Obvious Child is funny, a little absurd, and very sweet, especially if you are watching with another person (even over text message exchanges — sync it up! 321-play!) because it demands focus and interaction to be enjoyed. Obvious Child isn’t the best choice for passively watching. There’s a lot of subtleties and slower moments to pay attention to. There is a great black-and-white, old Hollywood scene that’s done in a funny, attractive, and not cheesy way. As a person who is both obviously grown and growing and an obvious child, I appreciated this film’s candor and sweetness, which holds up over the years. It works well with this New Moon in Cancer, the River Moon. Listen to our podcast to hear more about the moon, as well as an in-depth (and definitely R-rated for body talk, A+ for hilarity) conversation between Saira and me about our feelings for the film.


NEVE (they/(s)he) is a multigender, multiracial, multiply Disabled, multidimensional, multidisciplinary terpsichorean artist of the stage, street, field, stream, and screen. They are an indigenous African living in Duwamish and Coast Salish lands and traveling wherever they have access and an invitation. (S)He is a 2020 Pina Bausch Fellow and a 2022 Arc Artist Fellow. Visit them online at nevebebad.com and beyond.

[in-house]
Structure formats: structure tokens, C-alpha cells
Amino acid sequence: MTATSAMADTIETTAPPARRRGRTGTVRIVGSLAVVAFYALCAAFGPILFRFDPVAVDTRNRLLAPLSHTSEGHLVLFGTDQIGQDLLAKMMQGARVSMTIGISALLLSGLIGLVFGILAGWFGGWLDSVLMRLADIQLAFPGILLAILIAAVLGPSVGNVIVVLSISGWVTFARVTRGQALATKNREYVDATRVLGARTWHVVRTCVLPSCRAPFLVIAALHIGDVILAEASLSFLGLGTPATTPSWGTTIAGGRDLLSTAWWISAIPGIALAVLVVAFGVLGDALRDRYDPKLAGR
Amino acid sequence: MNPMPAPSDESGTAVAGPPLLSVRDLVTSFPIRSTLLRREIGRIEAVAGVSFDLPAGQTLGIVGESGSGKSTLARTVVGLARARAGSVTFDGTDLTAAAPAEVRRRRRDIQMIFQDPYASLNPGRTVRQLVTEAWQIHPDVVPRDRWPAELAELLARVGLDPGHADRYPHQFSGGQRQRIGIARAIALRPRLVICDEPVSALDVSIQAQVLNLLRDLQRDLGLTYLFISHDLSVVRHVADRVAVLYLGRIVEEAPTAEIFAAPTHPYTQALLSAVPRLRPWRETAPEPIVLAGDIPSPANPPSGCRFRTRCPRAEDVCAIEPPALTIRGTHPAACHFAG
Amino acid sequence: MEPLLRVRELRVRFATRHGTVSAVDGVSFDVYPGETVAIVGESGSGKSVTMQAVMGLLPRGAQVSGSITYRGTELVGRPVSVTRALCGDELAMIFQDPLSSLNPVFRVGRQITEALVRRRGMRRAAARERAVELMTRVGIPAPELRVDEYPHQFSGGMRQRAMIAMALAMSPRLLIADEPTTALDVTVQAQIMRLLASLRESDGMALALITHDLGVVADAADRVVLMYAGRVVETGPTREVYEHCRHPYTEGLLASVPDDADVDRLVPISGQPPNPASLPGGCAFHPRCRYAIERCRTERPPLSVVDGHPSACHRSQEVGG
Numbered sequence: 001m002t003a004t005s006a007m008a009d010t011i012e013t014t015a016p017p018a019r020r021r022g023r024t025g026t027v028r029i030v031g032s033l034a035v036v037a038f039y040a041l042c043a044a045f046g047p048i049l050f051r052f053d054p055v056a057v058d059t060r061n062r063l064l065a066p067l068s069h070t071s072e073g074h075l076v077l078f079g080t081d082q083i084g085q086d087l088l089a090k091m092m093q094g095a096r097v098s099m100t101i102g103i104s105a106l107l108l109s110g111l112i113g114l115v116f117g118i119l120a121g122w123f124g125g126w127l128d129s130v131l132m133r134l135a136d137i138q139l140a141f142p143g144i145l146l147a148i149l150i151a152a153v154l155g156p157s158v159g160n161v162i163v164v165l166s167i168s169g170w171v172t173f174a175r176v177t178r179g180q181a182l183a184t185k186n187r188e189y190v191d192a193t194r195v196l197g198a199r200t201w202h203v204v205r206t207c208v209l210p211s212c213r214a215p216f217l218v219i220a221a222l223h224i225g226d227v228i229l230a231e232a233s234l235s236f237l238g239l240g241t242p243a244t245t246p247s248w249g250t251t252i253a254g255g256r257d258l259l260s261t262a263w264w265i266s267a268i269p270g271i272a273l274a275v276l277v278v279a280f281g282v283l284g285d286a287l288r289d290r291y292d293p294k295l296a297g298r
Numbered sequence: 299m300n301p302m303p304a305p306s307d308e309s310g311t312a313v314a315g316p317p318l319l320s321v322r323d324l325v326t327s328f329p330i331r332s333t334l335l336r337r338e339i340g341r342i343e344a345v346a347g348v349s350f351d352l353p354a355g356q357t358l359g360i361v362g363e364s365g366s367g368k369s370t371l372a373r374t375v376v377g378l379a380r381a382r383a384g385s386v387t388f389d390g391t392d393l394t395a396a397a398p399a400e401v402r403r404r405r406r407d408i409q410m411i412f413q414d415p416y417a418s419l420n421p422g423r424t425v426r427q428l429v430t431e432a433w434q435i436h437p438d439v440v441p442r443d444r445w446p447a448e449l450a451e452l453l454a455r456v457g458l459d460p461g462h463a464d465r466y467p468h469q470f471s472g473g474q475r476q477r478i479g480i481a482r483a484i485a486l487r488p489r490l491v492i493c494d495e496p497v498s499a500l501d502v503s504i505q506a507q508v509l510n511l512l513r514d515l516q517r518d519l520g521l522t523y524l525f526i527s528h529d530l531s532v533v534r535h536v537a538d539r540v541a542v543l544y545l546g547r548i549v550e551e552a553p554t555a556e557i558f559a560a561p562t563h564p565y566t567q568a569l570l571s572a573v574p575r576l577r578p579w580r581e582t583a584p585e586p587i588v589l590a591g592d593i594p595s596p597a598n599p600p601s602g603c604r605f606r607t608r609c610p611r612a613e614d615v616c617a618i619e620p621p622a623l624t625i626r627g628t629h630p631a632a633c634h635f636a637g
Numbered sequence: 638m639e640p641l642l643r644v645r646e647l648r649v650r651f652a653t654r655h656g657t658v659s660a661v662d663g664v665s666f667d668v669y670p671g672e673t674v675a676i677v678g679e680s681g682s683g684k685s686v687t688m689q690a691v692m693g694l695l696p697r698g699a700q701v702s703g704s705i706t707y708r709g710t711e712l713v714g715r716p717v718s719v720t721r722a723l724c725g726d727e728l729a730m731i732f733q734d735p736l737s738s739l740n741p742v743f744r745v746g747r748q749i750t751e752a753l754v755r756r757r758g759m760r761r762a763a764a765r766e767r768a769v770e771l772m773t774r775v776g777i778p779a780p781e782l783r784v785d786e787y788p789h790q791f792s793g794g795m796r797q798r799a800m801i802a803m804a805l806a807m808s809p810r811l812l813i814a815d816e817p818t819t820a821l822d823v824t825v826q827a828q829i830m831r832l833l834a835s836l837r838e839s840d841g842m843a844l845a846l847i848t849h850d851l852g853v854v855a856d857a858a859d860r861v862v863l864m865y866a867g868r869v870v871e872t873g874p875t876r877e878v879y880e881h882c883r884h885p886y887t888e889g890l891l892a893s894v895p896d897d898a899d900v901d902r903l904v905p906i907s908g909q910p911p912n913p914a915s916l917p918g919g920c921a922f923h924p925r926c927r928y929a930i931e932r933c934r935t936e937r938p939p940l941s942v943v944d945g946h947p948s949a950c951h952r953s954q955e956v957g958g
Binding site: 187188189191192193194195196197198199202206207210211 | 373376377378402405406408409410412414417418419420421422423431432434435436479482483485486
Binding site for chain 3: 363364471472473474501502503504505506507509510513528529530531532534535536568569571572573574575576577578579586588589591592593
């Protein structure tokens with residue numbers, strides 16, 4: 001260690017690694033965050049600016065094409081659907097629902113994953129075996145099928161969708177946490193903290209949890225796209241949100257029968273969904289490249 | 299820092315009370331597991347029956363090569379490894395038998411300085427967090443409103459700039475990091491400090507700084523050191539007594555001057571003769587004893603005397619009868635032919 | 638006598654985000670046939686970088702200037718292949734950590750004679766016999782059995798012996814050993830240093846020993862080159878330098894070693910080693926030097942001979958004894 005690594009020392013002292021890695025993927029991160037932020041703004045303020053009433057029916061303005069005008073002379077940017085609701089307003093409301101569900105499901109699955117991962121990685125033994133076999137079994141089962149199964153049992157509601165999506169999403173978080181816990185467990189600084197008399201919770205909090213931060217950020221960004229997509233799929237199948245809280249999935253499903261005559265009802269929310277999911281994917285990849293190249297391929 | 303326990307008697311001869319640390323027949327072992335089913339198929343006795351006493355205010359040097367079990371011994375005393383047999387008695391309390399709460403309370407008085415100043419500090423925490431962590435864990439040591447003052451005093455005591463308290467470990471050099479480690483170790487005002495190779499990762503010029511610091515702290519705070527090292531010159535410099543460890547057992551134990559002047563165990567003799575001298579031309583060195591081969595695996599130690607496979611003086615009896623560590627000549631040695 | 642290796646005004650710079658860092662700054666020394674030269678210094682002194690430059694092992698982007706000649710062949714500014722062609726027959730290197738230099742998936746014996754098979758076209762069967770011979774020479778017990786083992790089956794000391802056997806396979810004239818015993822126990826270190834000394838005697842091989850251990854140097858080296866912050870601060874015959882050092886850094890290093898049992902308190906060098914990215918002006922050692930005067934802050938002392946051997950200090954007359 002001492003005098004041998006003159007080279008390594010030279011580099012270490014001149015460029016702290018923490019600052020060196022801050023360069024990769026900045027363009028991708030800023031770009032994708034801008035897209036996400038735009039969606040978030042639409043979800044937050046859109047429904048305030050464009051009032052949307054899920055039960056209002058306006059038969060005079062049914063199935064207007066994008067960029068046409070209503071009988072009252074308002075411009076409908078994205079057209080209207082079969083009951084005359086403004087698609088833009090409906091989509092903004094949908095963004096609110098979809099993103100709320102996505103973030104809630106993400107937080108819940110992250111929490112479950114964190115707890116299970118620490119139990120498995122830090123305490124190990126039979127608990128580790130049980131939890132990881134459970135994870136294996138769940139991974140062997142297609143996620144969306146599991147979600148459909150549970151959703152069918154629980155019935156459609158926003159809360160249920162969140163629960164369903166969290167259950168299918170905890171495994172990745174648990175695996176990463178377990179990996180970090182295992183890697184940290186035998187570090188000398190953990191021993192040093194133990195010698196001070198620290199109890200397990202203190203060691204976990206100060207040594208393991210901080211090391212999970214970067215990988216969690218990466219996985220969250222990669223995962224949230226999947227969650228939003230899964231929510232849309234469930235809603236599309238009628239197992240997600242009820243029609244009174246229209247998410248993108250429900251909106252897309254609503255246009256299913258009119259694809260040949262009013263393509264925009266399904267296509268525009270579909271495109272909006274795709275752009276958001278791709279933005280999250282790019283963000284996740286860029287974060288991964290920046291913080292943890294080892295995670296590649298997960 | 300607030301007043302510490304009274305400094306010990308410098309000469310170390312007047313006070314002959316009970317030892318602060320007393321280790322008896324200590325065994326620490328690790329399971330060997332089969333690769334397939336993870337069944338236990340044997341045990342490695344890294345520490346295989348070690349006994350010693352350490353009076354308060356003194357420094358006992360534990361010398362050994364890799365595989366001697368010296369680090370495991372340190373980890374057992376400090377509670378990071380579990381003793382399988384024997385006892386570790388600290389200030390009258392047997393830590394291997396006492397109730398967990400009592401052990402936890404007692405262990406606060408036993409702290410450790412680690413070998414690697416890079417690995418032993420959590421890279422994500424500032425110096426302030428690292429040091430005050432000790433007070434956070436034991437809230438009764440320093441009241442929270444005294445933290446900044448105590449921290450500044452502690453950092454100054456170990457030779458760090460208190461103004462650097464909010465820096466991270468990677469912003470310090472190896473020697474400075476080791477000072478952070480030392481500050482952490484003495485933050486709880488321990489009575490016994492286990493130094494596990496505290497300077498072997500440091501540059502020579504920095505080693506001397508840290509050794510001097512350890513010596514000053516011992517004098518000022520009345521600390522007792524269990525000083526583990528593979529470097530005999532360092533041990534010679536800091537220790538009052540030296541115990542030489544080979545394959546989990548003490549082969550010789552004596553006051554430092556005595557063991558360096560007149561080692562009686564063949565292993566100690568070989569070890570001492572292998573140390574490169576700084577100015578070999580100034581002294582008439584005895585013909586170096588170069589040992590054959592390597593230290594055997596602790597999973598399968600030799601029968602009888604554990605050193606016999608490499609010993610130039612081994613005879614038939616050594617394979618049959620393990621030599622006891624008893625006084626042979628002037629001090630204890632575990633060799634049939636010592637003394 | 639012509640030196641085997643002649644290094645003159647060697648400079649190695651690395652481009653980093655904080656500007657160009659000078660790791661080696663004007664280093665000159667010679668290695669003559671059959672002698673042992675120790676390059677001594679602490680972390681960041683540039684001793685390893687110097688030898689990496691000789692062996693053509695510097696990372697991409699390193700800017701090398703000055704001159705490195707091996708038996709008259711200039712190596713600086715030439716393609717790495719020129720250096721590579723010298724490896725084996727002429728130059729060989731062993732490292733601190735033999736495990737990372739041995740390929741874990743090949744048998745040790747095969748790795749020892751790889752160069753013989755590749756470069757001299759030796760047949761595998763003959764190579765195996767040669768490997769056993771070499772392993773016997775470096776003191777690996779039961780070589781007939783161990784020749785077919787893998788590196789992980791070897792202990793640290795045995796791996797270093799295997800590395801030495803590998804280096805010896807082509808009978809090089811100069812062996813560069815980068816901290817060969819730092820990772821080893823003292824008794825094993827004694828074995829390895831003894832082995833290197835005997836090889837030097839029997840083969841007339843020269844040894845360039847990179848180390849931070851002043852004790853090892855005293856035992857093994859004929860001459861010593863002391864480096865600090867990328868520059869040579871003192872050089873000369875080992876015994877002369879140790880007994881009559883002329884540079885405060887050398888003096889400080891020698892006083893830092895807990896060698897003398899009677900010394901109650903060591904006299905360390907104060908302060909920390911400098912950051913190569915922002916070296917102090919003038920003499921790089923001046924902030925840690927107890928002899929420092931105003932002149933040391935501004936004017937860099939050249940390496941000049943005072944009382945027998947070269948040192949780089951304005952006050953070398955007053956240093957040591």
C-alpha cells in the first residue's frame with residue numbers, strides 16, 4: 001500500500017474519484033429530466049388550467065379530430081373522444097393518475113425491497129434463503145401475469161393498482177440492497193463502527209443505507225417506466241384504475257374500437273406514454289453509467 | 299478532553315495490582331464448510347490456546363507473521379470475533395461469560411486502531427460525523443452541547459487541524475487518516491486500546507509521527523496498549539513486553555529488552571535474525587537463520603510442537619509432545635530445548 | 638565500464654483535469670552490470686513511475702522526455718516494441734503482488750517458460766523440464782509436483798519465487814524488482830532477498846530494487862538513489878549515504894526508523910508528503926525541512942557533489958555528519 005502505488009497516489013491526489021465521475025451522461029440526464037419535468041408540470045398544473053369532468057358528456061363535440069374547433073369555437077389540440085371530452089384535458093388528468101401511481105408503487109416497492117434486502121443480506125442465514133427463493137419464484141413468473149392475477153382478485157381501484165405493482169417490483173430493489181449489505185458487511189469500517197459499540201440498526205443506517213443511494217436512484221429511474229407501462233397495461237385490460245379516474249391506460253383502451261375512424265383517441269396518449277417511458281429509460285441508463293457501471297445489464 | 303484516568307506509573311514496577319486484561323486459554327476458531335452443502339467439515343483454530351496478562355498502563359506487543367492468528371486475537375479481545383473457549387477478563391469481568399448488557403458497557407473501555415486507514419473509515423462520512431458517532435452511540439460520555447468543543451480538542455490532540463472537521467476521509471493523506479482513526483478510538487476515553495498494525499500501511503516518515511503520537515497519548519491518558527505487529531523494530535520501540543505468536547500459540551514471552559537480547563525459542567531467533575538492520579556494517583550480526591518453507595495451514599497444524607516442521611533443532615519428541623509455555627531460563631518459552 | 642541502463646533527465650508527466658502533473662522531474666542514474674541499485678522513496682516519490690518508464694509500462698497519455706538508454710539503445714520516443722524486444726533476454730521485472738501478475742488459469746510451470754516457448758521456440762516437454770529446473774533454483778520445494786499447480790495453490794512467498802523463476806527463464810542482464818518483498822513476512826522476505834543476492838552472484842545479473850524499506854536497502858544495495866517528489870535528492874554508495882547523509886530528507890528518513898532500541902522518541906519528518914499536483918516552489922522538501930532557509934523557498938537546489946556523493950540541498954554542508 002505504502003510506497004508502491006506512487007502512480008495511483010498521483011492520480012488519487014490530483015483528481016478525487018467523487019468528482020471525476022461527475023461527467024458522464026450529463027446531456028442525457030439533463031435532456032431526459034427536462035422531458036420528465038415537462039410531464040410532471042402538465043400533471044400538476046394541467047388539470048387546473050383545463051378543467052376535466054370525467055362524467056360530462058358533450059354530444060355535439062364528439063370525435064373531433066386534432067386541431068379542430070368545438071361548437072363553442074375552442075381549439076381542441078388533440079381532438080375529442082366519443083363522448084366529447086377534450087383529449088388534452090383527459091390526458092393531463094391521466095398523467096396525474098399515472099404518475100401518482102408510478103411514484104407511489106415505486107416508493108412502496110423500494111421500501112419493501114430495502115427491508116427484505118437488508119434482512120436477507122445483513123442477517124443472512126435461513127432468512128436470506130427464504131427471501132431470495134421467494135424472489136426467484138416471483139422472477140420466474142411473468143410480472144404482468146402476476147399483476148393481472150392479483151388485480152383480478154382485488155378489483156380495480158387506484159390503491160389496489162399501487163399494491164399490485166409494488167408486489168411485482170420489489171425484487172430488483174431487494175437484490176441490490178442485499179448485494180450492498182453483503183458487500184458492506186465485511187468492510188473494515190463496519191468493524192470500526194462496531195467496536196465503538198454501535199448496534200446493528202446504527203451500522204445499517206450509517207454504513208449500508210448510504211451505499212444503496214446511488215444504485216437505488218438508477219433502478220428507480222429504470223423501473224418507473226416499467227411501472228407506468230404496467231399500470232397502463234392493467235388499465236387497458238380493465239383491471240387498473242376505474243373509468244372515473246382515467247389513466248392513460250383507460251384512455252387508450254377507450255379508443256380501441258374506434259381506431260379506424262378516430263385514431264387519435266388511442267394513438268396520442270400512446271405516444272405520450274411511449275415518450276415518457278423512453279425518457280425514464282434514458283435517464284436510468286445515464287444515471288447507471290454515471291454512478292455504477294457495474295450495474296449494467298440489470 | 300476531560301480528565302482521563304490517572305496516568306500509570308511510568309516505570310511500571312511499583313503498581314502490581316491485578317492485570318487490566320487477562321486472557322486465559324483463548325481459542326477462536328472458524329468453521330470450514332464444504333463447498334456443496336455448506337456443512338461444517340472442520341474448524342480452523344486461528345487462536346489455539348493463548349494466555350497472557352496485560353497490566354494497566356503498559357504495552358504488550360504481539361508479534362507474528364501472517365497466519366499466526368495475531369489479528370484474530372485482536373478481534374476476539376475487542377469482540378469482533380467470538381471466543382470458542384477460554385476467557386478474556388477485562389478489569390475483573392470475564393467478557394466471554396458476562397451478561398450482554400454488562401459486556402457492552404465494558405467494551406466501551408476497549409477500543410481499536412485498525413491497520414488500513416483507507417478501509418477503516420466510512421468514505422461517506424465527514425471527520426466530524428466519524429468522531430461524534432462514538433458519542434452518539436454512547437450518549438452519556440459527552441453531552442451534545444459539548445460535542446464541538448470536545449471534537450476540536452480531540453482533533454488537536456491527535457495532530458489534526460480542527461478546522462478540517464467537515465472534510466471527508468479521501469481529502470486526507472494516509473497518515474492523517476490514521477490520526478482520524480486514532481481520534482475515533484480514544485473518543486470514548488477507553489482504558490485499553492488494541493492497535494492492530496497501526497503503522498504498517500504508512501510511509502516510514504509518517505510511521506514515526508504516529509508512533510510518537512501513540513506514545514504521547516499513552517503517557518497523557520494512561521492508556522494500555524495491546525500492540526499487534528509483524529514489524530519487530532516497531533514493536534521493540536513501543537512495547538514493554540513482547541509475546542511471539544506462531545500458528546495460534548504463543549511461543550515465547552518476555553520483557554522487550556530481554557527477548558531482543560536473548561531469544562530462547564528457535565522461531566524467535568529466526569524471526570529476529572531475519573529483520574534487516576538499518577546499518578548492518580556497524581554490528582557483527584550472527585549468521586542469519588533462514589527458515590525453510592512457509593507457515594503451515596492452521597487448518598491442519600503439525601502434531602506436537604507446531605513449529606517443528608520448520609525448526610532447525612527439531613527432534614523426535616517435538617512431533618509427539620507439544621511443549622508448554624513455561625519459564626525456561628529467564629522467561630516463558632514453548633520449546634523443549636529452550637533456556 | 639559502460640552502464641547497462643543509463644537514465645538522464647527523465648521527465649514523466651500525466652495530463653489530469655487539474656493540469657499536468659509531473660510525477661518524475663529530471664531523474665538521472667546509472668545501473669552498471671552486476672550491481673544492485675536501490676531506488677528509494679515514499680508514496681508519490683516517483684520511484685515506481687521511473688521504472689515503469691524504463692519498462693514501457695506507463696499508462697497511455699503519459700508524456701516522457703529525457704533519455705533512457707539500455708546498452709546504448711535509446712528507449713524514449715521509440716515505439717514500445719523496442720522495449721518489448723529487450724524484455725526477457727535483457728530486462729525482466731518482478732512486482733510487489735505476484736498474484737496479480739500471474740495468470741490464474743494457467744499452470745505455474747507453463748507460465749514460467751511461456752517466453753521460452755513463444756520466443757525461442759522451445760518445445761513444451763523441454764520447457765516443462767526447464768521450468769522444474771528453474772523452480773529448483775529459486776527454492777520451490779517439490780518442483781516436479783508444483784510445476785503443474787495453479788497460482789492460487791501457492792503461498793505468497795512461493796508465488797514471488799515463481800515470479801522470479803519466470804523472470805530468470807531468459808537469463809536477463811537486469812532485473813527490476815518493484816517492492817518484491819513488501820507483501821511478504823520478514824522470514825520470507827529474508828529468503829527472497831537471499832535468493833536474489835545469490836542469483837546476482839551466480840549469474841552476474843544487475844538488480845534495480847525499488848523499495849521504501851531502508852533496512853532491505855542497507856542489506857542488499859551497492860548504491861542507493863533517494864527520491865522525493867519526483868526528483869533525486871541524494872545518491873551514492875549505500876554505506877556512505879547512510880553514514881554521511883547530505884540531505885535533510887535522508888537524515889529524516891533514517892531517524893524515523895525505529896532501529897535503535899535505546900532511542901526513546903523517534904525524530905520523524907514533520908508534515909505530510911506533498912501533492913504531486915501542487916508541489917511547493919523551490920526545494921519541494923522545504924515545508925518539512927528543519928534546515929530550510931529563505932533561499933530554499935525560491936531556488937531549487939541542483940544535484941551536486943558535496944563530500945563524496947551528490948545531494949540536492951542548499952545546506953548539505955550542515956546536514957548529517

Since 2015, Saira B (he/she/they/ze) has been based in Seattle creating performance art, films and events that explore mythology, eroticism, AfroPsychedelic dreams, ritual objects, and glitch aesthetics. This year, Saira’s showing visual art in King Street Station starting July 27 and opening a new film festival — The Blue Film Fest, August 12–14.

📸 Featured Image: This month’s New Moon Movie Review explores “Obvious Child,” a 2014 movie where a character gets an abortion, an all-too-relevant theme today. Photo by Duané Viljoen from Pexels.com.

Before you move on to the next story …
Please consider that the article you just read was made possible by the generous financial support of donors and sponsors. The Emerald is a BIPOC-led nonprofit news outlet with the mission of offering a wider lens of our region’s most diverse, least affluent, and woefully under-reported communities. Please consider making a one-time gift or, better yet, joining our Rainmaker Family by becoming a monthly donor. Your support will help provide fair pay for our journalists and enable them to continue writing the important stories that offer relevant news, information, and analysis. Support the Emerald!